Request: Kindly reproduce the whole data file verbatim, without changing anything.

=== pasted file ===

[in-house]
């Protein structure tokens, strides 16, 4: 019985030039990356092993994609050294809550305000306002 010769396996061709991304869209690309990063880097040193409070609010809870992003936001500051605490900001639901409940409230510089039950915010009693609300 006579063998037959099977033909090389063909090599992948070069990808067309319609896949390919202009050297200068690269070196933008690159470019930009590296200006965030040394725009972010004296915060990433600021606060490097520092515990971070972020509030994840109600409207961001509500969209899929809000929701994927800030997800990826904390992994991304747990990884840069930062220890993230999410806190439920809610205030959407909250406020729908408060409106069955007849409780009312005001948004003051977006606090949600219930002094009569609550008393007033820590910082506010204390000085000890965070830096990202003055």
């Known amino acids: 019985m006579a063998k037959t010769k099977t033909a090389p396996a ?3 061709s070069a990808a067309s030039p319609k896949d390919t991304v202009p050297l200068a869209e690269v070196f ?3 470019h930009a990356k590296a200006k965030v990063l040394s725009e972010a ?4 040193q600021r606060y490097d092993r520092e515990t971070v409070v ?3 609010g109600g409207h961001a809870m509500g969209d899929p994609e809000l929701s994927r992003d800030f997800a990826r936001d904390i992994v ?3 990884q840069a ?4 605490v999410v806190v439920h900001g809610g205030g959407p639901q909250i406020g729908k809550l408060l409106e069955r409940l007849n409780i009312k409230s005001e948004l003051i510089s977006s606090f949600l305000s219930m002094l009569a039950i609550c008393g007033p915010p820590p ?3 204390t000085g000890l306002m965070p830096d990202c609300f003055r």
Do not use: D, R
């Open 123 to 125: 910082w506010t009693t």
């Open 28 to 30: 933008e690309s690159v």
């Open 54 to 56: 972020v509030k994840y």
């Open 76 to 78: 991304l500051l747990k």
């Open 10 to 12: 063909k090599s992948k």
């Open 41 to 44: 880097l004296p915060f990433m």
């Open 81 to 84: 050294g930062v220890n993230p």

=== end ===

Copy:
[in-house]
């Protein structure tokens, strides 16, 4: 019985030039990356092993994609050294809550305000306002 010769396996061709991304869209690309990063880097040193409070609010809870992003936001500051605490900001639901409940409230510089039950915010009693609300 006579063998037959099977033909090389063909090599992948070069990808067309319609896949390919202009050297200068690269070196933008690159470019930009590296200006965030040394725009972010004296915060990433600021606060490097520092515990971070972020509030994840109600409207961001509500969209899929809000929701994927800030997800990826904390992994991304747990990884840069930062220890993230999410806190439920809610205030959407909250406020729908408060409106069955007849409780009312005001948004003051977006606090949600219930002094009569609550008393007033820590910082506010204390000085000890965070830096990202003055």
């Known amino acids: 019985m006579a063998k037959t010769k099977t033909a090389p396996a ?3 061709s070069a990808a067309s030039p319609k896949d390919t991304v202009p050297l200068a869209e690269v070196f ?3 470019h930009a990356k590296a200006k965030v990063l040394s725009e972010a ?4 040193q600021r606060y490097d092993r520092e515990t971070v409070v ?3 609010g109600g409207h961001a809870m509500g969209d899929p994609e809000l929701s994927r992003d800030f997800a990826r936001d904390i992994v ?3 990884q840069a ?4 605490v999410v806190v439920h900001g809610g205030g959407p639901q909250i406020g729908k809550l408060l409106e069955r409940l007849n409780i009312k409230s005001e948004l003051i510089s977006s606090f949600l305000s219930m002094l009569a039950i609550c008393g007033p915010p820590p ?3 204390t000085g000890l306002m965070p830096d990202c609300f003055r």
Do not use: D, R
């Open 123 to 125: 910082w506010t009693t």
């Open 28 to 30: 933008e690309s690159v």
């Open 54 to 56: 972020v509030k994840y």
């Open 76 to 78: 991304l500051l747990k």
């Open 10 to 12: 063909k090599s992948k």
């Open 41 to 44: 880097l004296p915060f990433m």
């Open 81 to 84: 050294g930062v220890n993230p």